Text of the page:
"Cute little kid, wasn't he?" She turned to me and asked with a smile.
Blast! Should I just pretend I don't speak Portuguese?
"Mmm." I smiled politely. I decided not to say explicitly that I didn't speak Portuguese (a trick I've begun to use with the obnoxious muamba-peddlers on the beach), but to only give off the impression that I may not be understanding. It wasn't enough.
"Whoo. It sure is hot today." The woman tried again.
No elderly woman has ever said that on the bus before.
"Mm-hmm." I quickly turned back to my book. I even made a dramatic show of turning the page.
I'm focusing on this interesting book, and not on you. I will not be pulled in!
"Yes it is," the old woman responded to her own statement. "Hot and raining. Makes the bus so uncomfortable."
You'd be a lot more comfortable if you'd sat in your own seat and given us both some space. This is a battle of wills, and I WILL PREVAIL.
I smiled half-heartedly through my hair but continued to keep my eyes on my book. I felt the woman staring at me, looking me over, waiting expectantly for me to humor her, to say at least a few words, enough to give her what she would deem the green light to tell me about everything else she'd been thinking that day.
Then, by some miracle, she correctly read my social cues and gave up. She harrumphed a little to herself, ever so quietly, and kept her fidgeting to a minimum until she pushed the "stop requested" button and got off the bus.
You may be thinking at this point that I'm some cruel and heartless "ageist" who doesn't respect the wisdom of our elders. That's just not true. It's simple: I don't think that, just because I'm younger, I should be forced to listen to these women's disjointed and self-absorbed conversations about their children and their physical ailments.
You may be thinking, "that's terrible! These women are probably lonely!" which is also unfair. Um, hello! This is Brazil, a country whose citizens do not send their senior citizens to retirement homes if they can help it. Most of these women live with their adult children, and even if they don't actually live with them, they talk to them on the phone all the time and probably have lunch with them at least once a week. These beach towns also have a high percentage of senior citizens, which results in way more social activities for them than for my age group. There are social clubs that have little kiosks on the beach where the terceira-idades can meet up to play cards and gossip; there are morning workout clubs both downtown and at the lifeguard stations (retired people can choose between tai-chi and aerobics); there are way more street corner butecos than there are bars for young people; there are elderly volunteer groups that wear matching shirts around town and serve at government day care centers as one of their activities... and those are just the things that I, as a young foreigner, know about. There's nothing like that for twenty-somethings! Plus, my friends and family all live far away. So if anything, I'm the one who should be starved for attention, keeping some defenseless retiree trapped in her window seat while I complain about my sad, pathetic life.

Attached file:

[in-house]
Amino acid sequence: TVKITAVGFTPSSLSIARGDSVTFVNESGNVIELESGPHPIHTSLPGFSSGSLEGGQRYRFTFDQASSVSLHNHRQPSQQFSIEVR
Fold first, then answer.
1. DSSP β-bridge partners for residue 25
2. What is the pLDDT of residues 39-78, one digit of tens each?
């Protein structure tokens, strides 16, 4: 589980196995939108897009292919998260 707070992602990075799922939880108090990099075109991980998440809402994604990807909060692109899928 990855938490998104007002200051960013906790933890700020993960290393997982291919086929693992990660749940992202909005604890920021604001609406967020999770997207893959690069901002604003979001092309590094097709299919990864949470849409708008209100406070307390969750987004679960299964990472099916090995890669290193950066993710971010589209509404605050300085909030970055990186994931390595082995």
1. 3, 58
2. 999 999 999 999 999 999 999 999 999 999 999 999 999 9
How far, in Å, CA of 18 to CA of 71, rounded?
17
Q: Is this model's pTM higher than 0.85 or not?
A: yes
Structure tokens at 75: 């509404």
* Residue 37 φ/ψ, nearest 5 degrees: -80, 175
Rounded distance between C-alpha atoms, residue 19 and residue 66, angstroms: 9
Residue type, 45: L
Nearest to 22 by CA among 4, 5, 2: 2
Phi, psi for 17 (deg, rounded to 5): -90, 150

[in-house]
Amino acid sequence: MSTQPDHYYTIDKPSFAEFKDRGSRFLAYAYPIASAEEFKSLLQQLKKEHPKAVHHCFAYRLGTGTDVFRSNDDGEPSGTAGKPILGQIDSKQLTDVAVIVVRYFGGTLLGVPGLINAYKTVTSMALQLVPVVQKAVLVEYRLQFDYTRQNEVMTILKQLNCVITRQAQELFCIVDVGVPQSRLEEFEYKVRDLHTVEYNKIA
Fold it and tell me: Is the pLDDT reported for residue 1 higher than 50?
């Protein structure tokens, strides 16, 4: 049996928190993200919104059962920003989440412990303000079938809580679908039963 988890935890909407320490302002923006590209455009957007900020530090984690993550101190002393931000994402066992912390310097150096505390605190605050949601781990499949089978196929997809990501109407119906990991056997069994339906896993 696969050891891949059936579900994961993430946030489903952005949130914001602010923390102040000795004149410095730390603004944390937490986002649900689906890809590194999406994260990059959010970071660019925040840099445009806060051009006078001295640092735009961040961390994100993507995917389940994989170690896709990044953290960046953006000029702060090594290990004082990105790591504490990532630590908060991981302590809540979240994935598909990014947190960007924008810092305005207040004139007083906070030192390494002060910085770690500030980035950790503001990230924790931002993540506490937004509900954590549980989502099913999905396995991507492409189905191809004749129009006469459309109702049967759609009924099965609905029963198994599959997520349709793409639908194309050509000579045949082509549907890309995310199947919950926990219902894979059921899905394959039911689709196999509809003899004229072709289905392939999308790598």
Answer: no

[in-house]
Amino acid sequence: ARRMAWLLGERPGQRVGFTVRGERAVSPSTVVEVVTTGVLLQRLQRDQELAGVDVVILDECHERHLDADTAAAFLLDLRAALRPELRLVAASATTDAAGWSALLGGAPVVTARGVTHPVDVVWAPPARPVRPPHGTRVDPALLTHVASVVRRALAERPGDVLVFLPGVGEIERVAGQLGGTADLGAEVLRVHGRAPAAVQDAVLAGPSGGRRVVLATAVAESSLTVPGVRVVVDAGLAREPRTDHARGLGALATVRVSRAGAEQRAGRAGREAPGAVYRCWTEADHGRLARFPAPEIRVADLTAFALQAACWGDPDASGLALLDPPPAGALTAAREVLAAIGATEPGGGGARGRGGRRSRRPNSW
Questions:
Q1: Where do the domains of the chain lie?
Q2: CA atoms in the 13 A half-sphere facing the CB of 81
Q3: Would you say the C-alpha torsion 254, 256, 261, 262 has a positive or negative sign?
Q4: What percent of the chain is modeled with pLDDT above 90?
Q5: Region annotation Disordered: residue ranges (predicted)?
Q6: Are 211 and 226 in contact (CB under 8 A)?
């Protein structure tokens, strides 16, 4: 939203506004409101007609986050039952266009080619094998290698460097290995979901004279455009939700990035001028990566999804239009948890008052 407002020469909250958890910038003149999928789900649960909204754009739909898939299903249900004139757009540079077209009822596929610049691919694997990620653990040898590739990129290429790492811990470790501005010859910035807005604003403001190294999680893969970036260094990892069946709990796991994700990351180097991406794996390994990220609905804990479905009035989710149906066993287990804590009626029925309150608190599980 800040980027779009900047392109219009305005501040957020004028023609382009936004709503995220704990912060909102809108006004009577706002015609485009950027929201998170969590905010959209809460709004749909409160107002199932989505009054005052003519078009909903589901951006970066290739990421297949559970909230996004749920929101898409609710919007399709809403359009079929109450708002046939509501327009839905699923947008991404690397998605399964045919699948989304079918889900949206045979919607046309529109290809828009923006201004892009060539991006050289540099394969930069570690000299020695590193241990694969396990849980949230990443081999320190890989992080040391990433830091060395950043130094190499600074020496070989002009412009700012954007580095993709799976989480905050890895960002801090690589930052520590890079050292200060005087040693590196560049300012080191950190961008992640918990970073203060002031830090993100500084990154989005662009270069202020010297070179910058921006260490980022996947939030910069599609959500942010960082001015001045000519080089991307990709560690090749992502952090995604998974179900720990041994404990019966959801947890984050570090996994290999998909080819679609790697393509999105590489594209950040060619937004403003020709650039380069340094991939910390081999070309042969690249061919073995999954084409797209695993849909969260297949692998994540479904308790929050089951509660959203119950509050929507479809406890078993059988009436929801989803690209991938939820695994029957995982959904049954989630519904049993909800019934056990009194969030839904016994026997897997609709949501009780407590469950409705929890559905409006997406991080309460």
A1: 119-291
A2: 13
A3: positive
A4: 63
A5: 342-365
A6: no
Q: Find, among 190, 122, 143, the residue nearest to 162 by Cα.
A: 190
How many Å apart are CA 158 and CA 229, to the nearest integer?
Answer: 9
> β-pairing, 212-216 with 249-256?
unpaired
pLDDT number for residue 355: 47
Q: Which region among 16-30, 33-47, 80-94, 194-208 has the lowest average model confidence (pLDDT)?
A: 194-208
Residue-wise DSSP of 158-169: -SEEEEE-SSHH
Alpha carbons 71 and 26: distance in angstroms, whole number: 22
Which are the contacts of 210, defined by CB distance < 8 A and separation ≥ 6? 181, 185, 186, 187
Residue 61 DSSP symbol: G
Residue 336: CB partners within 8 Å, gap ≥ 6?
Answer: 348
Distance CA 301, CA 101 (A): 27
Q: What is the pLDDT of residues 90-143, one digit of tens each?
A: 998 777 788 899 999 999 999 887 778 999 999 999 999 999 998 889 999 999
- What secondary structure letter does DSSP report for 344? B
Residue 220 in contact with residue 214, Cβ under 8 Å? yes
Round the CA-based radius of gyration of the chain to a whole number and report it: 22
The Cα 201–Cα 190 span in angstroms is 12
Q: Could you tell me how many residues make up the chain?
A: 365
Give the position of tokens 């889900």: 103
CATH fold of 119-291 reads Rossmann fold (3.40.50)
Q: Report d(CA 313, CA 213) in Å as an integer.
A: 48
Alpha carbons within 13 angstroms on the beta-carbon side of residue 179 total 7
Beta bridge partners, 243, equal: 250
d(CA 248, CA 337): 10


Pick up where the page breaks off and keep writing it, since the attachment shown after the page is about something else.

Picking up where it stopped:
We're also forgetting one important factor: it's really hard to understand old people when they talk in general, and it's even harder when they're speaking your
Then, of course, there's the fact that, as soon as the woman realizes I have an accent (it takes the elderly a bit longer to pick up on it), she'll immediately start interrogating me about my seemingly inexplicable existence in Brazil, and we all know that my daily goal is to blend in and avoid telling my life story as much as possible. Am I a terrible person for wanting to be able to enjoy a book on a bus ride in peace? Maybe only a little. But at least, today, I got what I wanted. I also learned to sit in the aisle seat.